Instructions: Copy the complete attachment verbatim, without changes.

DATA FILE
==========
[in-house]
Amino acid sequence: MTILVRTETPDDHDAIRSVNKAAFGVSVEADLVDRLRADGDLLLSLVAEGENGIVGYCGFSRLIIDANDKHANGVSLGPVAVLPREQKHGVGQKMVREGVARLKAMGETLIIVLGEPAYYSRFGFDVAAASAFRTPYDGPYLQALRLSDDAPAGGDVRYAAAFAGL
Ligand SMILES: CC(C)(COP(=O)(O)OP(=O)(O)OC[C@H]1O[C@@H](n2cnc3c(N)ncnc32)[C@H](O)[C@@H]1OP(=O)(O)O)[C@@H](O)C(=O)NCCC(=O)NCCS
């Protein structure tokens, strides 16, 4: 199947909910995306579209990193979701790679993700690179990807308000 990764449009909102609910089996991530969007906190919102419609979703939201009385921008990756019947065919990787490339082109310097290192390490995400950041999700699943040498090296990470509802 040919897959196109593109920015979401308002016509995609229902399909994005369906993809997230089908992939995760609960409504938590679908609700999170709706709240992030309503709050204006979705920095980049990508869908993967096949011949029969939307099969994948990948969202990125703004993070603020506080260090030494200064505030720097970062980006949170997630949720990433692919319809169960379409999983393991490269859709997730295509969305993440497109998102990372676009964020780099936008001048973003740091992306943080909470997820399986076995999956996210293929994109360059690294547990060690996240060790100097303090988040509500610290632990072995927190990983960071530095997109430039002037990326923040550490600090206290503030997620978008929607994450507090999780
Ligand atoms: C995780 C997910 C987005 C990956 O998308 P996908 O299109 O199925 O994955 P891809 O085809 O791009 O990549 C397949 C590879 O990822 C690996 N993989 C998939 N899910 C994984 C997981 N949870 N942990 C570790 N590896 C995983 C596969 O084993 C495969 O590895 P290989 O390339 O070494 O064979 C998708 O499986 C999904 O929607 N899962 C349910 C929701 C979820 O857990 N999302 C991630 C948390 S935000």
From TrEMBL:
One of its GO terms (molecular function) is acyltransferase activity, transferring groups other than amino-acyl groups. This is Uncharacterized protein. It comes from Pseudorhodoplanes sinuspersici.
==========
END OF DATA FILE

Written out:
[in-house]
Amino acid sequence: MTILVRTETPDDHDAIRSVNKAAFGVSVEADLVDRLRADGDLLLSLVAEGENGIVGYCGFSRLIIDANDKHANGVSLGPVAVLPREQKHGVGQKMVREGVARLKAMGETLIIVLGEPAYYSRFGFDVAAASAFRTPYDGPYLQALRLSDDAPAGGDVRYAAAFAGL
Ligand SMILES: CC(C)(COP(=O)(O)OP(=O)(O)OC[C@H]1O[C@@H](n2cnc3c(N)ncnc32)[C@H](O)[C@@H]1OP(=O)(O)O)[C@@H](O)C(=O)NCCC(=O)NCCS
């Protein structure tokens, strides 16, 4: 199947909910995306579209990193979701790679993700690179990807308000 990764449009909102609910089996991530969007906190919102419609979703939201009385921008990756019947065919990787490339082109310097290192390490995400950041999700699943040498090296990470509802 040919897959196109593109920015979401308002016509995609229902399909994005369906993809997230089908992939995760609960409504938590679908609700999170709706709240992030309503709050204006979705920095980049990508869908993967096949011949029969939307099969994948990948969202990125703004993070603020506080260090030494200064505030720097970062980006949170997630949720990433692919319809169960379409999983393991490269859709997730295509969305993440497109998102990372676009964020780099936008001048973003740091992306943080909470997820399986076995999956996210293929994109360059690294547990060690996240060790100097303090988040509500610290632990072995927190990983960071530095997109430039002037990326923040550490600090206290503030997620978008929607994450507090999780
Ligand atoms: C995780 C997910 C987005 C990956 O998308 P996908 O299109 O199925 O994955 P891809 O085809 O791009 O990549 C397949 C590879 O990822 C690996 N993989 C998939 N899910 C994984 C997981 N949870 N942990 C570790 N590896 C995983 C596969 O084993 C495969 O590895 P290989 O390339 O070494 O064979 C998708 O499986 C999904 O929607 N899962 C349910 C929701 C979820 O857990 N999302 C991630 C948390 S935000």
From TrEMBL:
One of its GO terms (molecular function) is acyltransferase activity, transferring groups other than amino-acyl groups. This is Uncharacterized protein. It comes from Pseudorhodoplanes sinuspersici.